Ralph Fiennes is best known for his many dramatic roles in films such as “The English Patient” or “The Constant Gardner” and, most recently, the “Harry Potter” series as Lord Voldemort. In my opinion, Fiennes has this knack for selecting film roles that are excellent in depth and, in the end, we are unable to see any other actor in those roles.
With a wide selection of film roles already under his belt, Fiennes is making his directorial debut with a modern adaptation of William Shakespeare’s tragedy “Coriolanus.” Fiennes not only directs and produces, but is also in the lead role of Coriolanus, a role he played on stage 11 years ago. The man can do it all.
The screenplay is written by Golden Globe winner and Oscar nominee John Logan (“Gladiator” and “The Last Samurai”) and features a notable cast, including: Fiennes as Coriolanus; Gerard Butler as Coriolanus’ sworn enemy, Tullus Aufidius; Vanessa Redgrave as Coriolanus’ manipulative and controlling mother, Volumnia; Brian Cox as Menenius, a senator of Rome; and Jessica Chastain as the wife of Coriolanus Virgilia.
If you are unfamiliar with the plotline of Shakespeare’s tragic play, here’s a quick synopsis:
- “Coriolanus” — a revered and feared Roman General — is at odds with the city of Rome and his fellow citizens. After a riot, Coriolanus gains recognition and is pushed by his controlling and ambitious mother Volumnia to seek the exalted position of Consul. He is loath to ingratiate himself with the masses whose votes he needs in order to secure the office, but ultimately gains the seat. However, Brutus and Sicinius, tribunes of Rome, plot against Coriolanus and incite another riot against Coriolanus becoming Consul and condemn him as a traitor. The riot culminates in the expulsion of Coriolanus from Rome and the banished hero allies himself with his sworn enemy, Tullus Aufidius to take his revenge on the city.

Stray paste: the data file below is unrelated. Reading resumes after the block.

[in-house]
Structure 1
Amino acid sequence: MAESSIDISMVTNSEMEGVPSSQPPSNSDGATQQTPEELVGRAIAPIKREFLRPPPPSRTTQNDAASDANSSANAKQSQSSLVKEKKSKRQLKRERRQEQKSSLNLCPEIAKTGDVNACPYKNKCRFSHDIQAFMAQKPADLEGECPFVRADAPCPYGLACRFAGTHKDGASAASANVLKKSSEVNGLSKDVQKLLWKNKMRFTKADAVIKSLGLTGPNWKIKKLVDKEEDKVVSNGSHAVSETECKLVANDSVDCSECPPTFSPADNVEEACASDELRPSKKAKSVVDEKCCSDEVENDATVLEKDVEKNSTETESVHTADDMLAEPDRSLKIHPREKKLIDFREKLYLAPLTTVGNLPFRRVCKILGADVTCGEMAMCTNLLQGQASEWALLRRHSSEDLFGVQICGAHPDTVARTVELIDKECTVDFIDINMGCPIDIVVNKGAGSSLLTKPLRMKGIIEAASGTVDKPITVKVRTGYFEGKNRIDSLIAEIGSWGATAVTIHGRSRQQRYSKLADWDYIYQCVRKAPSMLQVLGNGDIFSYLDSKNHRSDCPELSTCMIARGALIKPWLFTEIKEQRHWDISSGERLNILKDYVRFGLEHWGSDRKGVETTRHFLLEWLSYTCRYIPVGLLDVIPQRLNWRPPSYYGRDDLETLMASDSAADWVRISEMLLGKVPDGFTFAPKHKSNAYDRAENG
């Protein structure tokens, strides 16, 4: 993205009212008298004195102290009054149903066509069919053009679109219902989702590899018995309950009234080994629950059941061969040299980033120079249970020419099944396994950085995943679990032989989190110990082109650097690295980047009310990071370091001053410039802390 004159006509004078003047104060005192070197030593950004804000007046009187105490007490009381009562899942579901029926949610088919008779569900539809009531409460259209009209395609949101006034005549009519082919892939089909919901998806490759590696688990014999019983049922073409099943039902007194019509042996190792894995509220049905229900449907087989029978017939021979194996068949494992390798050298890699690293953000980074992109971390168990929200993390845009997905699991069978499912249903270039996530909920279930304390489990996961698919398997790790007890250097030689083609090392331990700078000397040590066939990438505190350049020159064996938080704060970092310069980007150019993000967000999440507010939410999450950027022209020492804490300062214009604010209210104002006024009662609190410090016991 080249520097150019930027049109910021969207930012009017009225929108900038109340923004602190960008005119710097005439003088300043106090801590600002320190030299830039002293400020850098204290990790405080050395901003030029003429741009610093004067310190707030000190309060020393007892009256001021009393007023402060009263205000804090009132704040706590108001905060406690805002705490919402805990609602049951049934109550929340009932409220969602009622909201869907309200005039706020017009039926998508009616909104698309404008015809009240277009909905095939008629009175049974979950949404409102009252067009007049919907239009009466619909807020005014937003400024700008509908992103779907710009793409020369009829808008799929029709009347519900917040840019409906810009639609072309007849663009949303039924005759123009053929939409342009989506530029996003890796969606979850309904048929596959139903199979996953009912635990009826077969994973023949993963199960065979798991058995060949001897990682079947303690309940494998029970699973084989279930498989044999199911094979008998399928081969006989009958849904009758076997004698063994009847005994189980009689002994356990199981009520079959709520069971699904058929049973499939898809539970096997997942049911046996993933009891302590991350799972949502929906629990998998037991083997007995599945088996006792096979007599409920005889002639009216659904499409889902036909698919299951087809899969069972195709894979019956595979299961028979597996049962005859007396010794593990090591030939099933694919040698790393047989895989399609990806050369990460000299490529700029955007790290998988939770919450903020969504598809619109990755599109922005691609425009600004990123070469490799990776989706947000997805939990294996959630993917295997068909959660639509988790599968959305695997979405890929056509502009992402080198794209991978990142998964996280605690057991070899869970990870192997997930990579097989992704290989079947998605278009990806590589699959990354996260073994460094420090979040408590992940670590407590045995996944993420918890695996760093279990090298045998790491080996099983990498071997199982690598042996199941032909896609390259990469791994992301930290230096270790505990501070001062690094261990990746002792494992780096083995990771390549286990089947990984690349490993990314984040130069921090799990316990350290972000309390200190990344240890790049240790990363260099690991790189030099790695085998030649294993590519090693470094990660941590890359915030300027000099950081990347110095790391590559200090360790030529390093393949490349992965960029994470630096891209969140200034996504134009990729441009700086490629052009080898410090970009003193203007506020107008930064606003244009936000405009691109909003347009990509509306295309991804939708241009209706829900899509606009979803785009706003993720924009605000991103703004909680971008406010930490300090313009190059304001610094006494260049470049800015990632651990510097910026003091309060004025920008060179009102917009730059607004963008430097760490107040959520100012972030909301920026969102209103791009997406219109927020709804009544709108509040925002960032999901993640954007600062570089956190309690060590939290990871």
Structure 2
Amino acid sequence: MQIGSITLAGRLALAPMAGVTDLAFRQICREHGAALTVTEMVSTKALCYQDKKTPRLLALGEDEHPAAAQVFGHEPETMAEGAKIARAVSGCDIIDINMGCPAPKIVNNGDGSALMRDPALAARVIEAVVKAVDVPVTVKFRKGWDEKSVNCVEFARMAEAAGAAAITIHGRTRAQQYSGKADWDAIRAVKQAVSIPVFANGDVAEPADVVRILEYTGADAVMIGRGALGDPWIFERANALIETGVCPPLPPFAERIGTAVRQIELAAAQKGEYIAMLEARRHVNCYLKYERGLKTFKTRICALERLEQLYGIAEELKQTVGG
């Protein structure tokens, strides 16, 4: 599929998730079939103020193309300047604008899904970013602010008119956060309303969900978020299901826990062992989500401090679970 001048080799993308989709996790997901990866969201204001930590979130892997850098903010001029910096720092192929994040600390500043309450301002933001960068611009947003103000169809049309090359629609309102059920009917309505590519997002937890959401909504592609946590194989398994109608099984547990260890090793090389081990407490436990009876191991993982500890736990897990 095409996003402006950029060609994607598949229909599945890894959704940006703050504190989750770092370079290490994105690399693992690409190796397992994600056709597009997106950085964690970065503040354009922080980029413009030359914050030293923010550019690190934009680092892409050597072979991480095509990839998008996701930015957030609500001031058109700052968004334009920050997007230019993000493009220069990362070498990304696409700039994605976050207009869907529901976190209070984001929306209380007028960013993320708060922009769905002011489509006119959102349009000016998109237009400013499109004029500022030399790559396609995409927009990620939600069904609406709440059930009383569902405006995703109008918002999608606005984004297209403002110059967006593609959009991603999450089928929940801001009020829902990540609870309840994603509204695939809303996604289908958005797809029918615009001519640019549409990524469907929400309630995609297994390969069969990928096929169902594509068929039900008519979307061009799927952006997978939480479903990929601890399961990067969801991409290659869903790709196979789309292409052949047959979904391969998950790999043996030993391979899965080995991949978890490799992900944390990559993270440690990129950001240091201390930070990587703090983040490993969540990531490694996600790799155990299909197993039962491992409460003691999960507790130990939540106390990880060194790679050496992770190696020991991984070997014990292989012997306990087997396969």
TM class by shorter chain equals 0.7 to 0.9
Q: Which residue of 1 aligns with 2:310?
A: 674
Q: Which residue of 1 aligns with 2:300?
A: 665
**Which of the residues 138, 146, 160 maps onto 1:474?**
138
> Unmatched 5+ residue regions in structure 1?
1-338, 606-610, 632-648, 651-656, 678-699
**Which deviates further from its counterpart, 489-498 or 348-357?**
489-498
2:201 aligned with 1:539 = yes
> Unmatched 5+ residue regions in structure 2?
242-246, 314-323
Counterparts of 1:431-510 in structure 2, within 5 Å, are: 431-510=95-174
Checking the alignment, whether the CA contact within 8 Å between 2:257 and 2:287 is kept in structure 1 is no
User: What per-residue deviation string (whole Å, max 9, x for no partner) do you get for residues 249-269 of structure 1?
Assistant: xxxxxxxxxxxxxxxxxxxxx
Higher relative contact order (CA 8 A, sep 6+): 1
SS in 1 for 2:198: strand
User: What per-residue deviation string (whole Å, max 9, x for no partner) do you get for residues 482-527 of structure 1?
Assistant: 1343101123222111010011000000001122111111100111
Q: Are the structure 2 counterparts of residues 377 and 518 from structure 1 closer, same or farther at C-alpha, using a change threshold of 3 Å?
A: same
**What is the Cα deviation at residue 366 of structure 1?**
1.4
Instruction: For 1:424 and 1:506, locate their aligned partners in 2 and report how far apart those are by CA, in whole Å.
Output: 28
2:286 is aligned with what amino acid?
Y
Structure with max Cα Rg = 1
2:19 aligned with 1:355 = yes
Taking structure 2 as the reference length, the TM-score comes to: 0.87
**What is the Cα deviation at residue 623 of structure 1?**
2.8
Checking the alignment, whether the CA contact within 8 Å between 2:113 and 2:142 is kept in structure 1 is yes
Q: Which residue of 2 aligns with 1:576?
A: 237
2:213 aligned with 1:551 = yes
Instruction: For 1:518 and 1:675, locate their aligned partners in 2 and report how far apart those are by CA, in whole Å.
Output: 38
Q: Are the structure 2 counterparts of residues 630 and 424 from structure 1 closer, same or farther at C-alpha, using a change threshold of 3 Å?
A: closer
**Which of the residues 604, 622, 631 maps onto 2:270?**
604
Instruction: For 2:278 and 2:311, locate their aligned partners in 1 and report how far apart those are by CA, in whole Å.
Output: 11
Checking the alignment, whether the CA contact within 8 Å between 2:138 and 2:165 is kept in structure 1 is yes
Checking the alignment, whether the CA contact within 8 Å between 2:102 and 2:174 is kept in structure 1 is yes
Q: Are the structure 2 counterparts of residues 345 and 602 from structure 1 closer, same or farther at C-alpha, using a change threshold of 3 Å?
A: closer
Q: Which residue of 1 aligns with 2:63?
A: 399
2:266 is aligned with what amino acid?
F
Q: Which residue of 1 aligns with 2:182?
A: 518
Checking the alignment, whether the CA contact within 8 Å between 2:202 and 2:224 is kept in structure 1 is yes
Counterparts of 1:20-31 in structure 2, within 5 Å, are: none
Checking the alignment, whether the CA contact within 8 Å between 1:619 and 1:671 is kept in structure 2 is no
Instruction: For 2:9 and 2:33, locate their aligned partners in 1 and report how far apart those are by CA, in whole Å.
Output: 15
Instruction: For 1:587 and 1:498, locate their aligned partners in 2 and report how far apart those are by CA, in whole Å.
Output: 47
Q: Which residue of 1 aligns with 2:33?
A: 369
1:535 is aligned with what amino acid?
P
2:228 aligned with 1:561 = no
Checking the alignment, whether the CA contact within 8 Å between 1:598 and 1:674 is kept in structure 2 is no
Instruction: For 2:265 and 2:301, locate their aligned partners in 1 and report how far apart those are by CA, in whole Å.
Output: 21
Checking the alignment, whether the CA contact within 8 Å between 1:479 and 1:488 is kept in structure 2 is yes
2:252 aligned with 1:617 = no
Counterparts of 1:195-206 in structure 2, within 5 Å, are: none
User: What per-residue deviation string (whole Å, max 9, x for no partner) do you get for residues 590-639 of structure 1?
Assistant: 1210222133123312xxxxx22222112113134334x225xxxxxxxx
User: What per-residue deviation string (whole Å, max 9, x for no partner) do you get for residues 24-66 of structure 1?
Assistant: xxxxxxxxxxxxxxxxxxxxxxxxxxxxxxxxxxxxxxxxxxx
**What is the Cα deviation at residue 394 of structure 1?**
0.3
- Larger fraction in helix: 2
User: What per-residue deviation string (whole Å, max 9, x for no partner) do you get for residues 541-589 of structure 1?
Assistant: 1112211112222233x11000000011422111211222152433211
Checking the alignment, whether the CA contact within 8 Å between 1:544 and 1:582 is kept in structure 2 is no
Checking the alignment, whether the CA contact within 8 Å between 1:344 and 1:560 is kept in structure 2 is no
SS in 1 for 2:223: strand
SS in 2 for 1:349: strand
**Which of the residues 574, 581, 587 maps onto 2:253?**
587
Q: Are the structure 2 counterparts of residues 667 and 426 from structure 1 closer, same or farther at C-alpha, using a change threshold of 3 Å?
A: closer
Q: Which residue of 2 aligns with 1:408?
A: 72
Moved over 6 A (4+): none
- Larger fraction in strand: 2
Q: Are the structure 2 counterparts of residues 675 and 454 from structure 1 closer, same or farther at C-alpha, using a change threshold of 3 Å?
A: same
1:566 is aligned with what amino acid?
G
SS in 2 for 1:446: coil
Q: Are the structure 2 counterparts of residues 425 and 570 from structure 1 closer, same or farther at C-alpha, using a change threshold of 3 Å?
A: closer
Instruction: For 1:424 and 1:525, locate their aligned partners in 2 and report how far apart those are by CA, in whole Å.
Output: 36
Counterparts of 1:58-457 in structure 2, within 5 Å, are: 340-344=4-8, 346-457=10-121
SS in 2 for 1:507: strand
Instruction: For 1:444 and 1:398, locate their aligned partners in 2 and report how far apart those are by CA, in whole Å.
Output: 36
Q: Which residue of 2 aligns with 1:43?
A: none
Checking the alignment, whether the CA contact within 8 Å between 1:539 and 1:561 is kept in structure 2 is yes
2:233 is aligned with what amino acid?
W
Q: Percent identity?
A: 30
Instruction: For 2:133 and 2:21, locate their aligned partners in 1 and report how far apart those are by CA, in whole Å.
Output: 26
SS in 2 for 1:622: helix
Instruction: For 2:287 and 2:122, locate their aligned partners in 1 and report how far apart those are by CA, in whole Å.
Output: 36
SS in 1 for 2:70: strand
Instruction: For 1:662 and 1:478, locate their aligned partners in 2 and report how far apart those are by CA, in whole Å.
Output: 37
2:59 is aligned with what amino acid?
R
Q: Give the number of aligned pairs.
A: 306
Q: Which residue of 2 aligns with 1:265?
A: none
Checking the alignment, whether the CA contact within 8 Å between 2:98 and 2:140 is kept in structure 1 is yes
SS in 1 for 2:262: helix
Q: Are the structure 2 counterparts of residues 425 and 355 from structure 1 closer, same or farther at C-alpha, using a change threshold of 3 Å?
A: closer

From this trailer alone, we can see the great cast and that Fiennes has outdone himself in his directorial debut. The modern take does include Shakespearian dialogue and reminds me of the Leonardo DiCaprio and Claire Danes version of “Romeo and Juliet,” but yet it doesn’t feel as awkward as you would think in the film. The backdrop of Fiennes’ film was shot mostly in Serbia, so it only gives us more of an air of unrest that the world knows has experienced a lot of social and military upheaval in the past decade alone.
The film is currently making its rounds in film festivals around the world and is already garnering lots of attention as well as awards. I can only imagine what it will do once Oscar season finally hits. It is due out in Canadian theaters Dec. 25 and in the U.S. on Jan. 13, 2012. Will you be looking for it at a Cineplex near you?
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